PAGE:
We were happy with what Perfect had to say. It would cost us 40,000 shillings to spend a night in a tent erected a few meters from Lake Nalubaale’s shore. We also had the option of sleeping in the dormitory at 30,000 a head, or making use of the “family house” which is fitted with solar electricity and other amenities, for 150,000 (4 people). We took the tent option.

We had muffins, waragi, a box of fruit juice, pineapples and a kilogram of raw pork. That’s right. Lakeside allows, even encourages patrons to bring their own food in. For 5000, we had the use of their kitchen.

As our tent was being pitched, we explored the climbing courses that occupies a good amount of space on Lakeside’s lawn. They are intricately constructed and I imagine, fascinating to climb.

I hadn’t padded my wallet enough to afford a go (60,000) but I watched some people complete it the next day. Oh the joys of watching a human being overcome terror. It was like witnessing an excruciatingly slow bungee jump; all of the terror with none of the merciful swiftness.

I spent two days lazing about on different surfaces, wearing few to zero clothes, just breathing deep and falling in love with life.

Eating life

Eating life

At one point, we ran out of cash and had to take a boda boda to Mpaata, a shanty town some miles from Lakeside for mobile money. When we arrived, the network was off. We didn’t despair for very long, deciding to do a nature walk instead of panicking.

Bule is one thickass forest, you guys. I swear it is like the set of Land of the lost. It was the most romantic (and amusing) thing watching my partner uproot a long, flexible, reedy plant that he started to use as his staff (and swat-stick). What was it for, I wonder? Protection from snakes and large squirrels?

What had Bule turned him into? Moses of the Bible? George of the Jungle? Both?

I love creeper plants and this place is home to such a variety!  I just want to move there and build a tree-house and make babies.

Not actual babies.

Eventually we got our M-money and carried on pretending that we’d never have to return to Kampala.

Reading boat

This boat became my reading chair.

If you want to travel to Bule, this is what you need to do:

  • Shop. Take a taxi to Ggaba. Walk to the dock and enter a taxi boat. Fare is 1,500/=

  • If you don’t want to be sweated on by other passengers (these boats get PACKED), take a “special hire” one. This will cost you anything from 15 bob to 6 bob. Bargain in Luganda.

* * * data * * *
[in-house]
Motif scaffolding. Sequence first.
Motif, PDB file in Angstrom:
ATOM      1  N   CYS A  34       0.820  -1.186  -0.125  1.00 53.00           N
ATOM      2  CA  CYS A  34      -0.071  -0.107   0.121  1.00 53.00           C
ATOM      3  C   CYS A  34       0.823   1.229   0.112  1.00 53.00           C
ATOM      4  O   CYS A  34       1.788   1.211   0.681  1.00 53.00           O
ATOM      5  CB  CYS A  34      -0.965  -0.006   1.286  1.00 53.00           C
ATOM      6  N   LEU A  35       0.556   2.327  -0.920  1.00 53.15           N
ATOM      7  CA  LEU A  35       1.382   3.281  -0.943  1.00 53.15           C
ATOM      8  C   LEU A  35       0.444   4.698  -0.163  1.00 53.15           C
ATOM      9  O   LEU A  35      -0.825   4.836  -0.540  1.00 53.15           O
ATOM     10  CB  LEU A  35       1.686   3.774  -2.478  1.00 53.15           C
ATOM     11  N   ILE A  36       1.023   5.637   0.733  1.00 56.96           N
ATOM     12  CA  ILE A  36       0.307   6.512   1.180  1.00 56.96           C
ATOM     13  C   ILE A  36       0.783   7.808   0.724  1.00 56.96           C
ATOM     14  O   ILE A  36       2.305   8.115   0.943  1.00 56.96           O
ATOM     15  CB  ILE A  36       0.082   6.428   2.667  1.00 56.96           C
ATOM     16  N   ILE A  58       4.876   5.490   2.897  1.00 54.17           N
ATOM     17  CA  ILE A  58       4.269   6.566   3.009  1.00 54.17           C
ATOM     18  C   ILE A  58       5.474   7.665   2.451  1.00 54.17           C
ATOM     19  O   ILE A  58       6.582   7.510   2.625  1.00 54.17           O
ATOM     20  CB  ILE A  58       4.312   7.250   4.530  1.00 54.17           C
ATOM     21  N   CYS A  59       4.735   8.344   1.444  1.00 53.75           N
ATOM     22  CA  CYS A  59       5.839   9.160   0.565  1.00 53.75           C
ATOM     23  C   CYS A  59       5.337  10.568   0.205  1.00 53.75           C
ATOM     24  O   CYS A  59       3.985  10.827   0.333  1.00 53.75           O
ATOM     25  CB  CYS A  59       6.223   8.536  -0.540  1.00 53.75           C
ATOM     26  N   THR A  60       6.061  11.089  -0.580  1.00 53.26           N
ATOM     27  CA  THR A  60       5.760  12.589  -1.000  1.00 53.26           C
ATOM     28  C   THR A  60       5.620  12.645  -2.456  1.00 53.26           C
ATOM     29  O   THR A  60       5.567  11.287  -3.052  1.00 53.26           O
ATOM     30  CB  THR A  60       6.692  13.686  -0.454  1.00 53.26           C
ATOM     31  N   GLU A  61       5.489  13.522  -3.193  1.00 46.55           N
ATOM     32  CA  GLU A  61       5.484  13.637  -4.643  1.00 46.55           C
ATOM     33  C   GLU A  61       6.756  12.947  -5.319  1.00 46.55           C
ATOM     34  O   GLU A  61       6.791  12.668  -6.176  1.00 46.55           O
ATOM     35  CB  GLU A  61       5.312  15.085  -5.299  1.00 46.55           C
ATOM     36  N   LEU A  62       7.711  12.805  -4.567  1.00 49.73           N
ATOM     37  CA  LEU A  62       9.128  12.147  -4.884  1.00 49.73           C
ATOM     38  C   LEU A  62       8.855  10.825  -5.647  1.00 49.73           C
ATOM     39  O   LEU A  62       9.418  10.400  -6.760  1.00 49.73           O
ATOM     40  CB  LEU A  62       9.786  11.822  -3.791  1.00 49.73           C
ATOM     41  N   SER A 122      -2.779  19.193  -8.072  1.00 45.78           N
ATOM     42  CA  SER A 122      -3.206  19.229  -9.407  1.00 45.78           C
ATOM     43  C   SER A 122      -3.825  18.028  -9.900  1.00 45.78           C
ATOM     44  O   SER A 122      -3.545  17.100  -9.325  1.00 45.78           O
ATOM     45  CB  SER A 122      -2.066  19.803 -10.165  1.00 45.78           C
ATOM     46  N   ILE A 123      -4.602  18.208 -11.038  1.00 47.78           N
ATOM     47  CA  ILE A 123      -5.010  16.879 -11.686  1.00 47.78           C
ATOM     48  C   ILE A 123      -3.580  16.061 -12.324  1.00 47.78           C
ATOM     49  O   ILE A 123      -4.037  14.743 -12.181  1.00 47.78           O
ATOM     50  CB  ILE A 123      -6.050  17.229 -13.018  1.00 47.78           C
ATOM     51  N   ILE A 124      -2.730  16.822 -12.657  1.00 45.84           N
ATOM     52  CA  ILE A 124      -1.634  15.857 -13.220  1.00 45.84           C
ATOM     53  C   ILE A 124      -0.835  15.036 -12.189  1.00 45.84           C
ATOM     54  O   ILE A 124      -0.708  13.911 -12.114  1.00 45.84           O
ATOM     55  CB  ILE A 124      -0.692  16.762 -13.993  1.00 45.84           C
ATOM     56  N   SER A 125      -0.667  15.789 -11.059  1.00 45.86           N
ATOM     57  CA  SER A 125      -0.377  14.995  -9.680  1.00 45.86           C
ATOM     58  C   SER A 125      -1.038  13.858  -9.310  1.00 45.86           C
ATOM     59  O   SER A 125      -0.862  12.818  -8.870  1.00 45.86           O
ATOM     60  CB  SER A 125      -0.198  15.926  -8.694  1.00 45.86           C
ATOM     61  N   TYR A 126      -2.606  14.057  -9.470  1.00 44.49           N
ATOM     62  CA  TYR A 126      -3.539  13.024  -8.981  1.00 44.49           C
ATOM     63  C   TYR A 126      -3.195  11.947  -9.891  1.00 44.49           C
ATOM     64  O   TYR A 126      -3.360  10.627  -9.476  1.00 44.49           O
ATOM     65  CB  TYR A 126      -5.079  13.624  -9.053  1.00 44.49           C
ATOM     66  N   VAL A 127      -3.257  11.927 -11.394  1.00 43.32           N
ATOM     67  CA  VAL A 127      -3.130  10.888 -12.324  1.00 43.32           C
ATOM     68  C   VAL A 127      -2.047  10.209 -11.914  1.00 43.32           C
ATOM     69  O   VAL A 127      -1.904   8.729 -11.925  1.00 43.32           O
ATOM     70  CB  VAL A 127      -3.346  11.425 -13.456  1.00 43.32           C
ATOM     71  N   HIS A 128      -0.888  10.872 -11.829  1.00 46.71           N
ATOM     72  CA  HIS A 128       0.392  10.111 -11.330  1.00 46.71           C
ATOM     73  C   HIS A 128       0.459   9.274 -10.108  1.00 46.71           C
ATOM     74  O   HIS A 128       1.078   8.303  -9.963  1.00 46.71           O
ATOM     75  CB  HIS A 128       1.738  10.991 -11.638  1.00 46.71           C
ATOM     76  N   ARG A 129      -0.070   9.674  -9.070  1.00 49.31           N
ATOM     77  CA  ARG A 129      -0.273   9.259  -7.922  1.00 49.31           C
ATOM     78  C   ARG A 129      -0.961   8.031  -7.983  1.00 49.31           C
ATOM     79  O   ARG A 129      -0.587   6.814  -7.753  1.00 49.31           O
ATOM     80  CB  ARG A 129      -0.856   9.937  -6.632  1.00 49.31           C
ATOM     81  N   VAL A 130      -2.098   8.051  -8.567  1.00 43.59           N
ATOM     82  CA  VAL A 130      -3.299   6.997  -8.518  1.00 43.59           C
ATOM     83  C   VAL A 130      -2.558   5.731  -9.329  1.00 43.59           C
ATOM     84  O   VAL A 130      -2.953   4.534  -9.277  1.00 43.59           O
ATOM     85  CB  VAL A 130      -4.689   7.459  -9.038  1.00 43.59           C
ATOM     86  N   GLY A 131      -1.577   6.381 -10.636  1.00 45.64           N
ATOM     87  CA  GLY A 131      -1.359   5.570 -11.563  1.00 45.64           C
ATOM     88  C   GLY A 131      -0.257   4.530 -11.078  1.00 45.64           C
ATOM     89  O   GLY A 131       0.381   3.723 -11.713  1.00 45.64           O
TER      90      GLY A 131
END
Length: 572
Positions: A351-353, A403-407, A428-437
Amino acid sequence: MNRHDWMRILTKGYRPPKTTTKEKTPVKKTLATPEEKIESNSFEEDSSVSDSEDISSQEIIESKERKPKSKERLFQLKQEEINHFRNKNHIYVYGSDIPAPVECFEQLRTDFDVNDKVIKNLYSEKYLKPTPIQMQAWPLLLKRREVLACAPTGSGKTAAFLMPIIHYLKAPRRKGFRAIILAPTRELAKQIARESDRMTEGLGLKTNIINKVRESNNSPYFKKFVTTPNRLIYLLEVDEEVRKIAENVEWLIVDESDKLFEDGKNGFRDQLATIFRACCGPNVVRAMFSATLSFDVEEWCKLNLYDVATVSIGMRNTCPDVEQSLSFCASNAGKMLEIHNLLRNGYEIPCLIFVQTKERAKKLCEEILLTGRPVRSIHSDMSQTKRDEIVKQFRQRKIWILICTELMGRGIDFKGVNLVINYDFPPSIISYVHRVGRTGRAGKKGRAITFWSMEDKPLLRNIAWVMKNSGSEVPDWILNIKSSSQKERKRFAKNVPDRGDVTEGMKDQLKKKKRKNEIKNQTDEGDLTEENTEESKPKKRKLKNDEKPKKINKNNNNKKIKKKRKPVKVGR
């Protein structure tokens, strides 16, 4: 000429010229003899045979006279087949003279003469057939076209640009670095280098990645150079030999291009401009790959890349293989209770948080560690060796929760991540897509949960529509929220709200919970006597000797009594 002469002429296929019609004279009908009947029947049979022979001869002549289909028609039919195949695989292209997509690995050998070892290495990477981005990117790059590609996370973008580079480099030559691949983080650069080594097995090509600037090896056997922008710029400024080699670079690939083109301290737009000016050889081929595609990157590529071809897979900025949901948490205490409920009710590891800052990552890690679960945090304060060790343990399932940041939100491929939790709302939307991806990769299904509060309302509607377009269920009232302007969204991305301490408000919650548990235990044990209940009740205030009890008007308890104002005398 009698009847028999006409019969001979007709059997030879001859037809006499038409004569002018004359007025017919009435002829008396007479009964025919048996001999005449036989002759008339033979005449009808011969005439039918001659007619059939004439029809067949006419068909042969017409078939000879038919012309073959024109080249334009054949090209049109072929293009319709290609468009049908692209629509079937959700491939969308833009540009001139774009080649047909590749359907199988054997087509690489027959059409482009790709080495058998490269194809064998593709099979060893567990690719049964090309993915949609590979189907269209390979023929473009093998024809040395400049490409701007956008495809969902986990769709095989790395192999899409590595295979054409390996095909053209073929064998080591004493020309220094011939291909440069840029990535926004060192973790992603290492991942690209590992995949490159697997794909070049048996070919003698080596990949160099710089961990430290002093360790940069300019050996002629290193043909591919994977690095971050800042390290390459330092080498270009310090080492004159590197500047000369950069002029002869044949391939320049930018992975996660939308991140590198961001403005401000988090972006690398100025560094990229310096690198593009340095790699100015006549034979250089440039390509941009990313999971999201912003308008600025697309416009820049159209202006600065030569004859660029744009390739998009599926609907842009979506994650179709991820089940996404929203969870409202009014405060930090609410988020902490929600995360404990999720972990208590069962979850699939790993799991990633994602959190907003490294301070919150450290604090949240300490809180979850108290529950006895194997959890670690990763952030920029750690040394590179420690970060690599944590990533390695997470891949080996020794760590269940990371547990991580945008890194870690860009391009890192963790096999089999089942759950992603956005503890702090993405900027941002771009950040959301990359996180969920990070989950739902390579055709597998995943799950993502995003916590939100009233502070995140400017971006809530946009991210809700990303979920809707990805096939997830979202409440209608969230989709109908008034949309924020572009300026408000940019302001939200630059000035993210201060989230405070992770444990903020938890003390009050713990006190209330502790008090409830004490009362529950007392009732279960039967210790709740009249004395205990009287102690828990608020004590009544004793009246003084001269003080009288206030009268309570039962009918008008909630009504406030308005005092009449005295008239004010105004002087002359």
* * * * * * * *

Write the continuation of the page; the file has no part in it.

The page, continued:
• Don’t be just staring at your smartphone like an idiot when in the boat. You will miss the special tree with the special nests!

  • Remember the names of the beaches. I totally, 100% recommend Lakeside. No they haven’t paid me to do kalango. They should, right? Ha

  •  Don’t allow the boda to charge you more than 2000/=. Go forth and enjoy.

  • Take the climbing course at Lakeside. Terror is good for personal growth. Climb, jump, zip, duck, use your body. Turn some of the bacon fat around your heart into energy.

  • Take pictures! I didn’t take very many, but here’s hoping that my words painted a good enough picture.

  • Go explore Bule and tell people about it because because a place like that should not be a secret

Update: Forget my sad pictures. These people have a fantastic gallery

My next big adventure is a two day trip to Murchison Falls with a truly great tour company called Sabili Tours. Come and we go :D!

The end

Uganda’s best kept secret is on Bule island.

And I have yammered about it so much that it is now Uganda’s worst kept secret. Bule is wild, beautiful and a 10 minute boat ride away from Ggaba. I am going to tell you all about my trip soon. Tomorrow like.

Sharon, lovely lady,  you and your friends can feed your curiosity on these pictures for now. The main course is coming soon!

So much beauty.

So much beauty.

Me rocking some shorts

Me rocking some shorts

The jetty! One of the wonders of Lakeside Adventure Park

The underwater jetty! One of the wonders of Lakeside Adventure Park

My travel partner is as cute as all of the buttons

My travel partner is as cute as all of the buttons

Voluntary Deafness and Victory Over Lokodo’s Brothers

One of the best things about life on earth is time; the passing of. I no longer want to break my work neighbor’s imitation beats by dre headphones. I no longer fantasize about stepping on them “by mistake”. My heckles are resting and show signs of staying down as far as this issue is concerned.

Walking Kampala’s streets with noise cancelling headphones wrapped around your head changes the way you experience many things.

First and most importantly, the headphones disarm street hecklers (who henceforth shall be referred to as Lokodo’s brothers).